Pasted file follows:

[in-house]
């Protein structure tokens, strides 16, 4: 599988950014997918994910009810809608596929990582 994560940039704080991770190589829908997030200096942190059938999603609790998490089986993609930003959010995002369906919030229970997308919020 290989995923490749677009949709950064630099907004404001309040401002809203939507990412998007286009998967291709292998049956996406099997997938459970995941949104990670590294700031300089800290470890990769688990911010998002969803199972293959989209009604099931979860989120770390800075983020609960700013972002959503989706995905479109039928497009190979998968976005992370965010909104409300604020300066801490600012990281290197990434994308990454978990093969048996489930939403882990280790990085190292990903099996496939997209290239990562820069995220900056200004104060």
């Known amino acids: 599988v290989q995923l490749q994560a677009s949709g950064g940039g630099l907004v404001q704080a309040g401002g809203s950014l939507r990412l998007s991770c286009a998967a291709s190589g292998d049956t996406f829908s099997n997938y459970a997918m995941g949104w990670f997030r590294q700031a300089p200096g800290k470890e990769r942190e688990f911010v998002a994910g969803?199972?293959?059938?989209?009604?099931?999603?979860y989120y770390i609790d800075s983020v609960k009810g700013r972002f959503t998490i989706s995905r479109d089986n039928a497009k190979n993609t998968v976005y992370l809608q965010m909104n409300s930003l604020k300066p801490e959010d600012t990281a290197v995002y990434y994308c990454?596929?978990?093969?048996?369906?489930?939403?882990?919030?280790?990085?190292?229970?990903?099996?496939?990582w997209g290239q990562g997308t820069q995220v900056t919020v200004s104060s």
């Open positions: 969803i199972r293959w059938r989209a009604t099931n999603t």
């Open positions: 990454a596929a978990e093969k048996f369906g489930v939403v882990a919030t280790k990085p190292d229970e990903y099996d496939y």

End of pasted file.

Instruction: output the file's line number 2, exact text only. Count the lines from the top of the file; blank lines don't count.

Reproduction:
């Protein structure tokens, strides 16, 4: 599988950014997918994910009810809608596929990582 994560940039704080991770190589829908997030200096942190059938999603609790998490089986993609930003959010995002369906919030229970997308919020 290989995923490749677009949709950064630099907004404001309040401002809203939507990412998007286009998967291709292998049956996406099997997938459970995941949104990670590294700031300089800290470890990769688990911010998002969803199972293959989209009604099931979860989120770390800075983020609960700013972002959503989706995905479109039928497009190979998968976005992370965010909104409300604020300066801490600012990281290197990434994308990454978990093969048996489930939403882990280790990085190292990903099996496939997209290239990562820069995220900056200004104060």